Ever since I was a young card collector I treated my cards with the up most care. Not to the point where I wore white gloves when I handled them, but I did the best I can to not damage them. After all, who knew when that 1991 Topps Keith Comstock would multiply in value?
Until a few years ago it bothered me when I heard about people that threw away cards, even junk era cards. I think it was being the child of an older generation who put their Mickey Mantles' in bike spokes and flipped their Willie Mays against the wall. I wouldn't make the same mistake of rubber banding my future college tuition together and shoving it into a shoe box to be dog-eared and bent to hell.
My Don Mattingly and Randy Johnson rookies would stay nice and sharp inside their protected sleeves and boxes until it was time to cash them in for untold riches. Alas, we all know what happened. The industry over produced and every single person my age had the same idea. So they sit in their boxes in my Florida compound waiting for the day I find someone that wants 20 copies of a 1990 Franklin Stubbs.
A few years ago I stumbled across a website where an artist created original works out of baseball cards.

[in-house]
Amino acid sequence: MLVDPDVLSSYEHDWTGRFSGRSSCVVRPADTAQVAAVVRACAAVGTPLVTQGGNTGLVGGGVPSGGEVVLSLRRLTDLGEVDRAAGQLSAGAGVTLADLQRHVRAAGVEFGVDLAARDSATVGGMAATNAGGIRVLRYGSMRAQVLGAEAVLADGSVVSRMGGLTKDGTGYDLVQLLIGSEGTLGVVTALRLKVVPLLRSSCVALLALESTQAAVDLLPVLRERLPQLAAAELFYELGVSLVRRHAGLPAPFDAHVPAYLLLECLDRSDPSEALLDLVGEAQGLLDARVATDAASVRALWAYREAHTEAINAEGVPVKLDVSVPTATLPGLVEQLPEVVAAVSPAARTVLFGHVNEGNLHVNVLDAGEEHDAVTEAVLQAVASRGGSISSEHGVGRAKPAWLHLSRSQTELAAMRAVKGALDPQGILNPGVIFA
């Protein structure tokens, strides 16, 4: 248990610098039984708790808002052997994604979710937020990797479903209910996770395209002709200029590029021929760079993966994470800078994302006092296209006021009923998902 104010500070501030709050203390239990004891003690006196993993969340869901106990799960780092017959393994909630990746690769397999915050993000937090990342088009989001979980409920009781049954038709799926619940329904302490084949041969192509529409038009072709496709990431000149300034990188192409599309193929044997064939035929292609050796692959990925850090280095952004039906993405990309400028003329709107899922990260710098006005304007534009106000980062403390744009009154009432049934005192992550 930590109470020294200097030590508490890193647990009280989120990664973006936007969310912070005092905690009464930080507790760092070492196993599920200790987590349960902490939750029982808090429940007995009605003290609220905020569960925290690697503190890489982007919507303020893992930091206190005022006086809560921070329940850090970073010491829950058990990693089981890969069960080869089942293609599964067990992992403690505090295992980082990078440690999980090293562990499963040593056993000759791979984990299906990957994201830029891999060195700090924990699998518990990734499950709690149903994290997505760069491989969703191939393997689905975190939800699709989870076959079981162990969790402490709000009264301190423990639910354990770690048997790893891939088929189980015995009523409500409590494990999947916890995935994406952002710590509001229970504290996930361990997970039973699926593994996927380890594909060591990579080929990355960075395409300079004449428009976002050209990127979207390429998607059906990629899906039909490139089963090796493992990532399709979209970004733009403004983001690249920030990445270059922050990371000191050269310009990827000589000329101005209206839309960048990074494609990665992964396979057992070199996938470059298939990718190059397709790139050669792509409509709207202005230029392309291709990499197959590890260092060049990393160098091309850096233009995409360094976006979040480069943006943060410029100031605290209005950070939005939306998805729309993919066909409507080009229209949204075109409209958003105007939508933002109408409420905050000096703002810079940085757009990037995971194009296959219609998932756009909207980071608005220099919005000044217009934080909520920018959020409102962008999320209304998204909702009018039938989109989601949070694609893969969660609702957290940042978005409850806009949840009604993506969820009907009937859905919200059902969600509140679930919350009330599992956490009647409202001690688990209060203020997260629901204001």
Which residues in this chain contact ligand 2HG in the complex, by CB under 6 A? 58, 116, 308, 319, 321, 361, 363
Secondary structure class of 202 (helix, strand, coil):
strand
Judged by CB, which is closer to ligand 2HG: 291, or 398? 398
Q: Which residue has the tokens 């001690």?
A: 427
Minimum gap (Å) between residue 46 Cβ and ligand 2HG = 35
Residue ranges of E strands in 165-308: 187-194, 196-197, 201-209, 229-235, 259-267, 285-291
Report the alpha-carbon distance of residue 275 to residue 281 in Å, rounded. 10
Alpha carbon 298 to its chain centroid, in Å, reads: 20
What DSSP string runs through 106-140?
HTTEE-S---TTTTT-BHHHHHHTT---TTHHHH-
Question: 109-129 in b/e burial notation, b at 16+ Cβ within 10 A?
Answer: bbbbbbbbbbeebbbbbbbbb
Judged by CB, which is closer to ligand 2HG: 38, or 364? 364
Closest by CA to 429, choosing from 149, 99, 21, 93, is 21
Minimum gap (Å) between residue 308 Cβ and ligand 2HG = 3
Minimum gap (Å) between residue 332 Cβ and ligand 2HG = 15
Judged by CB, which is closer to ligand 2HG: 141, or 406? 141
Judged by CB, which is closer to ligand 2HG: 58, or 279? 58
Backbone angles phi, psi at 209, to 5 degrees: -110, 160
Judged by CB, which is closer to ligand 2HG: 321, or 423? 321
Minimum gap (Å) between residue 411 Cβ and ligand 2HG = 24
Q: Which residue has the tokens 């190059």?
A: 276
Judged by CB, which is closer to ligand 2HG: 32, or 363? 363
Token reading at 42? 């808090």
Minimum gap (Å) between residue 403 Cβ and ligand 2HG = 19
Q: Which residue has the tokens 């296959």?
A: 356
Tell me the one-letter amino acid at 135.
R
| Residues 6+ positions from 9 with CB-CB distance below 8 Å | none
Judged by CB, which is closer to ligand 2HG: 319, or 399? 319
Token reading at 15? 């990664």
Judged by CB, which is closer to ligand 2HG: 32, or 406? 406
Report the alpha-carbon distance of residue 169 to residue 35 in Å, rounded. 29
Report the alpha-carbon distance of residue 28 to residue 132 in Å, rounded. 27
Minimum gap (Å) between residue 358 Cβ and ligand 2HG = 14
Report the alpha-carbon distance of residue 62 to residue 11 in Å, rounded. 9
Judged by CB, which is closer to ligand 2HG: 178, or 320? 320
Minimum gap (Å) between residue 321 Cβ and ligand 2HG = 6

For the first time I saw that cards could be turned into something other than tradeable pieces of cardboard. Sure it went against my basic belief that cards shouldn't be messed with, but damn it, the finished product looked awesome.
Then at a craft show I stumbled across some homemade 3D cards. I can't find a picture online, but he took three identical cards, cut and stacked them so that they appeared to pop off the table.
That was probably the final factor. I realized that ninety percent of the cards in the world would never be worth anything. So if people wanted to cut them up or glue them on tables then so be it. Let them have some fun.
All this is a long winded way of saying I was bored the other day. While pulling some cards out of the box I noticed one of the cards was creased beyond repair. I thought about it wondered what it would look like if I cut out the player and propped him up, kind of like the Stand Up cards you found in packs of late '90's Collector's Choice.
So basically this:
turn into this:
Yeah, it's rough. I was working with a box cutter, and might have been a little bit more than two and a half sheets to the wind. I like it though. With a little work, who knows how much smoother it will work. Heck maybe I'll create baseball dioramas with cut out cards and shoe boxes. Or I won't. Who knows?